This post is about the National September 11th Museum (a.k.a. the 9/11 Museum), how to reach it, and how to obtain tickets – as well as how to visit the museum for free! Below you can see a virtual tour created by the Museum to give you a sense of what you can expect on your visit. The museum offers pay-what-you-like Tuesday evening, but for all other times, you could purchase skip-the-line tickets. Also, the observatory on the top of the Freedom Tower is now open and is spectacular. Find out more at Freedom Tower Tickets and Tours.
The National September 11 Memorial Museum is located at 180 Greenwich Street, inside the World Trade Center in Lower Manhattan’s Financial District. It is easily accessible by many train lines of the New York City subway system. If you are new to riding the subway, check out our posts Navigating the Subway and How to buy a subway MetroCard. Stations within walking distance are:
Free admission will be available for all visitors every Tuesday, from 5 pm to 8 pm (last entry at 7 pm). A limited number of advance tickets for these free Tuesdays will be available online, starting two weeks in advance of each Tuesday. A limited number of tickets are available at the box office every Tuesday on a first-come, first-served basis.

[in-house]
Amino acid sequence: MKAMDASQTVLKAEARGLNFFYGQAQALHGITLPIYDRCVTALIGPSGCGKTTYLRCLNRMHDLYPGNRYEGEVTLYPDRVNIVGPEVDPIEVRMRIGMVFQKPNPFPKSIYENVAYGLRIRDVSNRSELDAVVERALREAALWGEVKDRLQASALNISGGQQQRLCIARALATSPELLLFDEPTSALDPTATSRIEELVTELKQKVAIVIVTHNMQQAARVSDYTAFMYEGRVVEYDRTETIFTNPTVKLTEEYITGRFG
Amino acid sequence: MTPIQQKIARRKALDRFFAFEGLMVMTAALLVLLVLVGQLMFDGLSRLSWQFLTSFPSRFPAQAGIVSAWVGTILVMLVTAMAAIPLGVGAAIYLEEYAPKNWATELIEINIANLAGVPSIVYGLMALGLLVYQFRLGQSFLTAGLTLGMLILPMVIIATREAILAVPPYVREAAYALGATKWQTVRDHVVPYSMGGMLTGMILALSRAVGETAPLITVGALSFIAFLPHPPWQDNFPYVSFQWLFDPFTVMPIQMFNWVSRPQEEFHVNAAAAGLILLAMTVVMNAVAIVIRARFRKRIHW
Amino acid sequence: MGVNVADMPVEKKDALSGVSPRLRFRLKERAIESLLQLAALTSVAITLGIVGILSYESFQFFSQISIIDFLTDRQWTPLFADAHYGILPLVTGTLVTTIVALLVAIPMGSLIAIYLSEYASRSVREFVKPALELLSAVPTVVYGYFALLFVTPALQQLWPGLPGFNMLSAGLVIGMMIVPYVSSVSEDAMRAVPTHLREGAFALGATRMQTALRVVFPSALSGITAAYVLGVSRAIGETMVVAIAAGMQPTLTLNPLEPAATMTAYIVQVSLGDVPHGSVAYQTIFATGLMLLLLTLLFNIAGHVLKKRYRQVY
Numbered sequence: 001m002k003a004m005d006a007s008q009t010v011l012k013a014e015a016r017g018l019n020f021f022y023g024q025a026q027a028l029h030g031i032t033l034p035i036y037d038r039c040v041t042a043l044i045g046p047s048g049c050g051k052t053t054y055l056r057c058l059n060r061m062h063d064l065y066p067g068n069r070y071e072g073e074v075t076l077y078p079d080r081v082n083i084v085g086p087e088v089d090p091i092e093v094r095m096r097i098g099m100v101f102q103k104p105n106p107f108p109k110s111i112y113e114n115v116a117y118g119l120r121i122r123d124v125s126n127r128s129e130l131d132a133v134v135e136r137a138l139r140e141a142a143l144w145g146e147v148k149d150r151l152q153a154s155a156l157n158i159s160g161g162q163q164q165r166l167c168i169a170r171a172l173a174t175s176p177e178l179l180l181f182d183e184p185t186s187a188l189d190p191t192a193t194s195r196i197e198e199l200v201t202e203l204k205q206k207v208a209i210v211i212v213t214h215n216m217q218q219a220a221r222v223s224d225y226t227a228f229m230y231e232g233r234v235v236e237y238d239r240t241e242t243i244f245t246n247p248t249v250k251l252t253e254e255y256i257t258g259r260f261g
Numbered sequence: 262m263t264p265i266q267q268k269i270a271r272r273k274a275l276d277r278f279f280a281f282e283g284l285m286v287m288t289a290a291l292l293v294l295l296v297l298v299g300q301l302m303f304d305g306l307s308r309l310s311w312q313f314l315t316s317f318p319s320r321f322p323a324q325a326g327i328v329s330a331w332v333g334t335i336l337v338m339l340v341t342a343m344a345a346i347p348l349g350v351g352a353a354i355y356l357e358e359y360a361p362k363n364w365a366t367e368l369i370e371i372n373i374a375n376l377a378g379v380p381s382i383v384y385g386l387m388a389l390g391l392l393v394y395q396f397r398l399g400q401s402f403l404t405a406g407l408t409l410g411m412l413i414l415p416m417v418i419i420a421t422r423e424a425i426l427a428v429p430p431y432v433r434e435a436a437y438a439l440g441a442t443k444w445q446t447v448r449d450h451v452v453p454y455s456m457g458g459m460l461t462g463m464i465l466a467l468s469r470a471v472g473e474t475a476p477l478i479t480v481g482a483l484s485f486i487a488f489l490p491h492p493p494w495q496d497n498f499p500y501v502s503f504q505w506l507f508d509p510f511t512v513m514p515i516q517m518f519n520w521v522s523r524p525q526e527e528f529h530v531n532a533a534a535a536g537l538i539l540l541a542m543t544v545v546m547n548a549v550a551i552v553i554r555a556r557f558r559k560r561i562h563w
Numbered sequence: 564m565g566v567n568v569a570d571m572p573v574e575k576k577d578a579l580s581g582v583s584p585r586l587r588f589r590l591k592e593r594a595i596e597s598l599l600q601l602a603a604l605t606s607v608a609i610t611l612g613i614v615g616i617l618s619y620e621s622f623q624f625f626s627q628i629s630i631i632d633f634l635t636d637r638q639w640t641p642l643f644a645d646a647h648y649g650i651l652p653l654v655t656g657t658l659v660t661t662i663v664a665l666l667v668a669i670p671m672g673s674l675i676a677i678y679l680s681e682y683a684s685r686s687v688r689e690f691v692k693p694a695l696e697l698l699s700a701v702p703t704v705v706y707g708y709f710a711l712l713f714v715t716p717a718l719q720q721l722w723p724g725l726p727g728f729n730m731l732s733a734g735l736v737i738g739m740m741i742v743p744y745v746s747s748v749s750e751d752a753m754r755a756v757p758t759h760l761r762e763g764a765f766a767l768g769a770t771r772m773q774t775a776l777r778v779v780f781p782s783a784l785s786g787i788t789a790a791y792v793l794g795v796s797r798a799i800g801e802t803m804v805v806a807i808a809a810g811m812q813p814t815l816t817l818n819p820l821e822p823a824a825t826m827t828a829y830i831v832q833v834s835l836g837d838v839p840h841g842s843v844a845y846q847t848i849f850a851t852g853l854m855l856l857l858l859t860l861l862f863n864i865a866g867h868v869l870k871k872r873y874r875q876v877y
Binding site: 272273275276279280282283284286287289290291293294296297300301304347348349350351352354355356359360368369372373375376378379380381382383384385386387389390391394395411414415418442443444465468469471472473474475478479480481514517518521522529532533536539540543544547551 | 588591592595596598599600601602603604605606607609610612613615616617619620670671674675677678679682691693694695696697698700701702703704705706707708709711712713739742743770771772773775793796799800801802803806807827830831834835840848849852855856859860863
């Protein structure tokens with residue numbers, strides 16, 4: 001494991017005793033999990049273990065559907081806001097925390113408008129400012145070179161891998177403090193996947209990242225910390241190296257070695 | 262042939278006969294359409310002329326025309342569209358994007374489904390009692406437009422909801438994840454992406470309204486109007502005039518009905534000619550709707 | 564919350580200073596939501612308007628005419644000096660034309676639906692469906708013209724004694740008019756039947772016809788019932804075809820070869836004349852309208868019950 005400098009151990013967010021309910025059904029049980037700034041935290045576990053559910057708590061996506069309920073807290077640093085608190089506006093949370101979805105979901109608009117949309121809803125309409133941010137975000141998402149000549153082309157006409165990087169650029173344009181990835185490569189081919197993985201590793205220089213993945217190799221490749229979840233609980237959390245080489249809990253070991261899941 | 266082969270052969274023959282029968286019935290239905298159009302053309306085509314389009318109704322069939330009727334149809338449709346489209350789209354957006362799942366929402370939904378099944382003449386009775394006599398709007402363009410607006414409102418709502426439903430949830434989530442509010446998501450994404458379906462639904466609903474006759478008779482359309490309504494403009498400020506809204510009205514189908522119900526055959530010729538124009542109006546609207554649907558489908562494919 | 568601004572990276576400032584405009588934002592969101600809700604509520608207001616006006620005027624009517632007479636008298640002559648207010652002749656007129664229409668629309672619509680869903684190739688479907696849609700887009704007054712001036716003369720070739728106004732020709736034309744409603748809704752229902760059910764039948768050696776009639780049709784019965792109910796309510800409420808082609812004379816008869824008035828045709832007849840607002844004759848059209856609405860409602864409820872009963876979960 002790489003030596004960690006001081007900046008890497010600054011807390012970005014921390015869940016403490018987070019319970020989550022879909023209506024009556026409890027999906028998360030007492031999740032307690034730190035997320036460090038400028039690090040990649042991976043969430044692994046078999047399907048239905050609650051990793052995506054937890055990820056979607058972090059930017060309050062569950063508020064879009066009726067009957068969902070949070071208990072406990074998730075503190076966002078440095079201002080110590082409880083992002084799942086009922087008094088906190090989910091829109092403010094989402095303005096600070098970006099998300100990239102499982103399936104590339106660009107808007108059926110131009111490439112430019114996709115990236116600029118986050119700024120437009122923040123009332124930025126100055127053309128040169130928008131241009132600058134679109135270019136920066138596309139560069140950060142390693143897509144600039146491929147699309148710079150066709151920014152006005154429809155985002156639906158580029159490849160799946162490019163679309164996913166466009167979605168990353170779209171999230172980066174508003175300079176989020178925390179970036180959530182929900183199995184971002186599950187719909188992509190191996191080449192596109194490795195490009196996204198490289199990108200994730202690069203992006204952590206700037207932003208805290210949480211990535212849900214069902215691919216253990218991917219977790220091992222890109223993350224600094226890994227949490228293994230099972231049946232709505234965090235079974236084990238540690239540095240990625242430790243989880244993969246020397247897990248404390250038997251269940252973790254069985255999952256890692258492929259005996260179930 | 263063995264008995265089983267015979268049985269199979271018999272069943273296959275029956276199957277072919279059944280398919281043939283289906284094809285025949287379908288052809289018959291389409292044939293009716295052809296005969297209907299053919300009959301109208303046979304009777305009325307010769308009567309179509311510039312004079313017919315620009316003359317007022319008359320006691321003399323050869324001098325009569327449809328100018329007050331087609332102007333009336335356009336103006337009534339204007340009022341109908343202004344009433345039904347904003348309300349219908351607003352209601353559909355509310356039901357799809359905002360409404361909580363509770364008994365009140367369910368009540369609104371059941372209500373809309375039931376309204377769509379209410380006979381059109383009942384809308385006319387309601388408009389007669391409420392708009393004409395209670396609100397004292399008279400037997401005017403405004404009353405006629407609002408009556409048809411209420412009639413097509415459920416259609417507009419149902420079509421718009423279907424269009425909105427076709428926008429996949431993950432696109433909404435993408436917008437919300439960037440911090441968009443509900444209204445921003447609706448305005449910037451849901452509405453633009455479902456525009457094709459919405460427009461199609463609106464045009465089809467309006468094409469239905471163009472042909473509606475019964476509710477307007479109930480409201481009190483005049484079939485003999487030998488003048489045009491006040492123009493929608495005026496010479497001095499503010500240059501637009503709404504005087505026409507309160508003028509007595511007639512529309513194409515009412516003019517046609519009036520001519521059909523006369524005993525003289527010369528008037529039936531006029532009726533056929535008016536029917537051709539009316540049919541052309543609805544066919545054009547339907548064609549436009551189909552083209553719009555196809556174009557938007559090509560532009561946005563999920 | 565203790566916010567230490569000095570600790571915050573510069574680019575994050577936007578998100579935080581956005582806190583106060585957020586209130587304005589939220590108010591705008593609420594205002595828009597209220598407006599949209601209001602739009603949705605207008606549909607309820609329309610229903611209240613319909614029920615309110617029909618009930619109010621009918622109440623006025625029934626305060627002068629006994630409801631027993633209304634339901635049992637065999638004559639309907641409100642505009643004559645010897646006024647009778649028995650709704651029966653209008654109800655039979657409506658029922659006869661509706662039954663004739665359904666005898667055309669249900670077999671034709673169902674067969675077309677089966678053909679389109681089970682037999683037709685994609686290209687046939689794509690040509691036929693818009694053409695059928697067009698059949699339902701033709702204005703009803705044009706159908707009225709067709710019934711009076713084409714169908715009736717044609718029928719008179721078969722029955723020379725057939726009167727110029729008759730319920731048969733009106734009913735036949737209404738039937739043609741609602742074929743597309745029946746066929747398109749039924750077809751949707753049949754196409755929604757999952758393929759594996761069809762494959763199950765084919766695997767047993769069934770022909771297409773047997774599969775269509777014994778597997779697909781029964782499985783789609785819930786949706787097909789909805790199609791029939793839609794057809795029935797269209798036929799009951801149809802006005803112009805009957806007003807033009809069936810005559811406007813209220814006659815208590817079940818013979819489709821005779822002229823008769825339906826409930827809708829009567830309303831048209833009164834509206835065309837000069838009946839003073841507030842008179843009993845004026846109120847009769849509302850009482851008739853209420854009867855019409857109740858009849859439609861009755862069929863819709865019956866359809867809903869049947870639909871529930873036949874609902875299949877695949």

The 9/11 Museum was planned and designed to be the preeminent institution in the United States for honoring and remembering those who were lost on September 11, 2001, as well as the bombing of the World Trade Center in 1993. The museum weaves together individual stories about those who lost their lives on 9/11, as well as stories from those who escaped, those who lost a loved one, and those who risked their lives to aid in the rescue efforts.
The Museum’s 110,000 square feet of exhibit space includes a Historical Exhibition, detailing the facts and chronology of the events of 9/11, as well as the 1993 World Trade Center bombing. The “Wall of Faces” displays pictures of nearly every victim of these two events. There are also interactive exhibits where individuals are honored through stories, additional photographs, personal artifacts and audio recordings.
Worth noting is that the primary exhibition space is located below ground. Seven stories below ground, to be exact. The reasoning is unique. In the aftermath of 9/11, what remained of the original World Trade Center achieved federal landmark status. The 9/11 Memorial Foundation is legally required to preserve what remains of the original Trade Center and make it accessible to the public. The remaining elements are the foundation slabs of the original Twin Towers, parts of the exterior “box columns” of the Twin Towers, and the retaining wall that was built during the original construction. This was to keep the Hudson River from flooding the Trade Center. This wall, known as the “slurry wall,” held firm on 9/11, despite all of the chaos around. Architect Daniel Libeskind, who designed the master plan for the new World Trade Center, thought that the slurry wall was a symbol of the strength and endurance of this country and needed to be seen. Because of these factors, the Museum is built where visitors can best see these original Trade Center elements: underground.